Bookinista book review: ‘The Rival Queens,’ by Nancy Goldstone
Just when you thought global politics couldn’t get dirtier, Nancy Goldstone releases a dual biography of women who rocked the volatile 16th-century world with murder and mayhem; coups, blackmail and treason; and crazy sexual escapades.
The Elizabethan Age was in full swing across the English Channel, where rigid Queen Elizabeth I was building an empire. A lassie named Mary, who would become Queen of Scots, was frolicking happily in France. In a retaliatory mood from the Crusades, the Ottomans were littering Eastern Europe with the corpses of anyone who didn’t embrace Islam. And in Italy, one of the most insightful political writers of all time, Machiavelli, was dedicating to Catherine’s father, Lorenzo de’ Medici, a work called The Prince. In it, he espoused the ends justifying the means, which could have been Catherine de’ Medici’s motto.
The mother-daughter duo of de’ Medici and de Valois were locked in a dysfunctional relationship of extremes. The licentious mores of the day hypocritically coexisted with the religious dogma that pitted Catholics against Huguenots. (In case religious history isn’t a strong suit, Huguenots were early Calvinists, similar to the Puritans who fled England on the Mayflower.) As influence flipped back and forth between the factions, Catherine used her children as pawns in the power game, and her daughters’ value was measured in their marriageability.
“The Rival Queens” opens with Queen Catherine inviting her soon-to-be son-in-law and his pals to a wedding. The strained, extravagant event begins with a reluctant bride and ends in the mass murder of the groom and his party. Given the de’ Medici family’s historic talent for carnage, the scene is an appropriate introduction.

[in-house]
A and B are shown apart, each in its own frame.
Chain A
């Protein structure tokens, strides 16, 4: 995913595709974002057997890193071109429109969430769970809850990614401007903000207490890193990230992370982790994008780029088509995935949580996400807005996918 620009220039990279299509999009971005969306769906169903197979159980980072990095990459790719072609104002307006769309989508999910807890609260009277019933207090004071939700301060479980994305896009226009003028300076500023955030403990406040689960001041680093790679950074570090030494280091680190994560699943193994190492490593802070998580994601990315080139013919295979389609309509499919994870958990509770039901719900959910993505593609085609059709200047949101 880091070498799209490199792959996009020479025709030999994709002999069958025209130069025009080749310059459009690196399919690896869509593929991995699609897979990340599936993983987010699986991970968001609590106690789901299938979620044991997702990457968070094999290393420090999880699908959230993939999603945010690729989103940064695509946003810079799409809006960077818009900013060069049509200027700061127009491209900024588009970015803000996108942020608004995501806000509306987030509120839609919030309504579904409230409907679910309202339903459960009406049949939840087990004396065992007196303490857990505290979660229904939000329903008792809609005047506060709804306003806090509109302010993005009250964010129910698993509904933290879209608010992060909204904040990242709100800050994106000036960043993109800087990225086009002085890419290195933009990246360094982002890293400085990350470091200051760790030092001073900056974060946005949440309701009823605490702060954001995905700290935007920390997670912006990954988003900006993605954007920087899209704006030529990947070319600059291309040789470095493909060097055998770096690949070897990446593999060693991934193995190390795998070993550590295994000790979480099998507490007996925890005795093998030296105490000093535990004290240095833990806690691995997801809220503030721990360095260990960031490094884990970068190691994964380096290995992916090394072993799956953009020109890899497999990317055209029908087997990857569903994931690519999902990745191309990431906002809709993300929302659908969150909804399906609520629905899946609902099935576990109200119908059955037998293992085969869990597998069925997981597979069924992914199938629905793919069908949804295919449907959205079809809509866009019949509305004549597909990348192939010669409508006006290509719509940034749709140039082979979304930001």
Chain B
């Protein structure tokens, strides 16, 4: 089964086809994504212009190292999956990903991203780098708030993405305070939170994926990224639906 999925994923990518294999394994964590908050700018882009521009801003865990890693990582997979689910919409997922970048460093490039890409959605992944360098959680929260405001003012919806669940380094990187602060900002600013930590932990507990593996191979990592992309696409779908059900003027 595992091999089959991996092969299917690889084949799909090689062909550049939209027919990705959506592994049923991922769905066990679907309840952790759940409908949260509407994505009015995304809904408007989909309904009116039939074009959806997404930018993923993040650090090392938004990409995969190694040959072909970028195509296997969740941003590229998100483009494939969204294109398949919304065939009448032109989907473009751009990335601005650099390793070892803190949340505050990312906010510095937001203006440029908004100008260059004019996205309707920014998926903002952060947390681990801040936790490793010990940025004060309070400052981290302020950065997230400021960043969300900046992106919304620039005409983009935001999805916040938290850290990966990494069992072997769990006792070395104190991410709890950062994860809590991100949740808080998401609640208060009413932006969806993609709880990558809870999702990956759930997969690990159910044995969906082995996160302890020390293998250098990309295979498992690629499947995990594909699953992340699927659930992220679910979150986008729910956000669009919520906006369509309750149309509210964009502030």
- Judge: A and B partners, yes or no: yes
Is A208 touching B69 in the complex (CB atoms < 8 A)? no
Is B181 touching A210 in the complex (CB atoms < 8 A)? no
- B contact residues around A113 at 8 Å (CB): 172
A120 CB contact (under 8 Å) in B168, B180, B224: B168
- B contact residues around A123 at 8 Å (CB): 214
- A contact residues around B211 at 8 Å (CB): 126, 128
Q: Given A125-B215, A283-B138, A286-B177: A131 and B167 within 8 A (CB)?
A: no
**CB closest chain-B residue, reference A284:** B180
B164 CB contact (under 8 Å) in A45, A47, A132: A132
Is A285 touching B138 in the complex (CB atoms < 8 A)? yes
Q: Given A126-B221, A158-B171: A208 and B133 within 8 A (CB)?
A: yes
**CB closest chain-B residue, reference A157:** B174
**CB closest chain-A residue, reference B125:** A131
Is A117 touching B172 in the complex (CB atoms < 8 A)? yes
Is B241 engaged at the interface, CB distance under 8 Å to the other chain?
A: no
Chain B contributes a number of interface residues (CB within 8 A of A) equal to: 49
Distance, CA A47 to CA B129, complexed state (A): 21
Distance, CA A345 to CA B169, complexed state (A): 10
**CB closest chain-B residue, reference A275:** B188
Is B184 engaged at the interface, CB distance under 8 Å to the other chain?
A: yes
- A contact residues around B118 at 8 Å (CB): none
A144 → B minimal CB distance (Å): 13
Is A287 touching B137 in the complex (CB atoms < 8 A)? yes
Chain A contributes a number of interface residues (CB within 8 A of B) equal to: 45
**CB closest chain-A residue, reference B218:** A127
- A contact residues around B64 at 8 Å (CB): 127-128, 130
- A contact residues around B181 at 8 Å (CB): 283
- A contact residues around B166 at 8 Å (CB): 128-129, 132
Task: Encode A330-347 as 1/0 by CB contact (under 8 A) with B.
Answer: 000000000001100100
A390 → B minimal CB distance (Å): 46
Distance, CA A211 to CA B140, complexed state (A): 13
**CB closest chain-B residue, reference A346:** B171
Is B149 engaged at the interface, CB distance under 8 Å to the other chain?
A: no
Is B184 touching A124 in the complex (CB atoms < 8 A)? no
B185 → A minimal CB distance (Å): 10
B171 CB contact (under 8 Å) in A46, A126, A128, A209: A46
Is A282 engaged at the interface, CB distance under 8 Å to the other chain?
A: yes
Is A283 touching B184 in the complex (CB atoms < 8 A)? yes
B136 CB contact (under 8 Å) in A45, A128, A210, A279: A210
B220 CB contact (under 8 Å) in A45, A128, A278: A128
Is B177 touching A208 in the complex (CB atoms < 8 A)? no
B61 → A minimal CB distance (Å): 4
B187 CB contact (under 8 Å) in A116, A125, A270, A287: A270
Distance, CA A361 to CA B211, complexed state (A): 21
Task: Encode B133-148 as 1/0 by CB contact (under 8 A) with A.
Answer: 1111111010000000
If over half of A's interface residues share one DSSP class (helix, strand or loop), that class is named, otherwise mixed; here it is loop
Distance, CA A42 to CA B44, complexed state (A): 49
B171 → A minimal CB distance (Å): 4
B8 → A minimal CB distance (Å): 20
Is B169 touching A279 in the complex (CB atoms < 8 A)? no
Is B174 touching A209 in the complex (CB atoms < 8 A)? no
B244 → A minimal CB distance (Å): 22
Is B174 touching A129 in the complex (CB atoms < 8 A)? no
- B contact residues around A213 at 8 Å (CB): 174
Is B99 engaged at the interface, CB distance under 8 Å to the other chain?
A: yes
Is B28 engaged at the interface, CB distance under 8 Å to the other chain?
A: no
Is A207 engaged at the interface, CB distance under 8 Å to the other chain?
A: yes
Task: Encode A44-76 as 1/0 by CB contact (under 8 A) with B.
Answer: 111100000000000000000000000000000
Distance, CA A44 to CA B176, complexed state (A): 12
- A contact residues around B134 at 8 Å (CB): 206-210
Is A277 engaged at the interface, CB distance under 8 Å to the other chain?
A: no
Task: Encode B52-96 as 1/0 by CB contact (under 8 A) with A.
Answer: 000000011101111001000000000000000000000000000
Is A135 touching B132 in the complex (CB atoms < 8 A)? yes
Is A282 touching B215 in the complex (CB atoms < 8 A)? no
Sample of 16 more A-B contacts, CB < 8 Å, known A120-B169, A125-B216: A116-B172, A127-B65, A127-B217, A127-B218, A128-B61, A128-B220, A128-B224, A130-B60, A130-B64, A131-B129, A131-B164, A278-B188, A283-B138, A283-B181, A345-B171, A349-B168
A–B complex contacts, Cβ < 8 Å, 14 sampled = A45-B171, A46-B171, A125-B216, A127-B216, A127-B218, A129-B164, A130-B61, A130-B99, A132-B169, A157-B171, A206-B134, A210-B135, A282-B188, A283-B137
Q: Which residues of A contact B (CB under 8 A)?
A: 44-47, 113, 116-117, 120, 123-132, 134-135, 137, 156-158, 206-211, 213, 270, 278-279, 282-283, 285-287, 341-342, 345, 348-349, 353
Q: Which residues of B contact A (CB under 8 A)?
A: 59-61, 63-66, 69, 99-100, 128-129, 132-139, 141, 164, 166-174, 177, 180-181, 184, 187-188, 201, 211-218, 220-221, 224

Once Goldstone establishes homely Catherine’s unstable early years, her humiliation by her husband’s lover (the swan-like Diane de Poitiers), and the backbiting intrigue for which the French court was famous, the spotlight shifts.
The book belongs to Marguerite. Although not conventionally gorgeous in the curly-golden-haired style that was in vogue, she was an intellectual and a beauty. And the princess was a quick study, a life-saving skill during a time of shifting camps, family betrayals and near-daily upheaval.
Goldstone accords Marguerite the wisdom and common sense that her record merits. Often, a woman recorded as beautiful never moves beyond that stereotype, and historians and biographers seem to struggle with the combination of brains and beauty. But Goldstone examines both attributes, creating an empowering depiction of a tough survivor who could wear a tiara and negotiate a treaty with the best of them.
“The Rival Queens” is well written and thoroughly researched. It reads more like a novel than a biography — and that can be a good thing. While some biographies contain more facts and less speculation than “The Rival Queens,” few make the historic machinations of the time as easy to understand. And Goldstone carefully distinguishes between multiple characters with similar or identical names, such as Henri, or Francis and Francois, thus saving the reader from stumbling back and forth between genealogy and story.
Even though the 2016 election is a blip on the Eagle County horizon as presidential candidates jostle for position this summer, “The Rival Queens” is a great cautionary note about the subterfuges that can be involved in the pursuit of power. And certainly Goldstone’s book reminds us that the more things change, the more they remain the same.
“The Rival Queens: Catherine de’ Medici, Her Daughter Marguerite de Valois, and the Betrayal that Ignited a Kingdom” is available at The Bookworm of Edwards and other booksellers.
Eagle County resident NLB Horton (NLBHorton.com) is an award-winning author of two successful works of international suspense, “When Camels Fly” and “The Brothers’ Keepers.” Both are available at The Bookworm of Edwards and at other booksellers, and her third book will be released in 2016.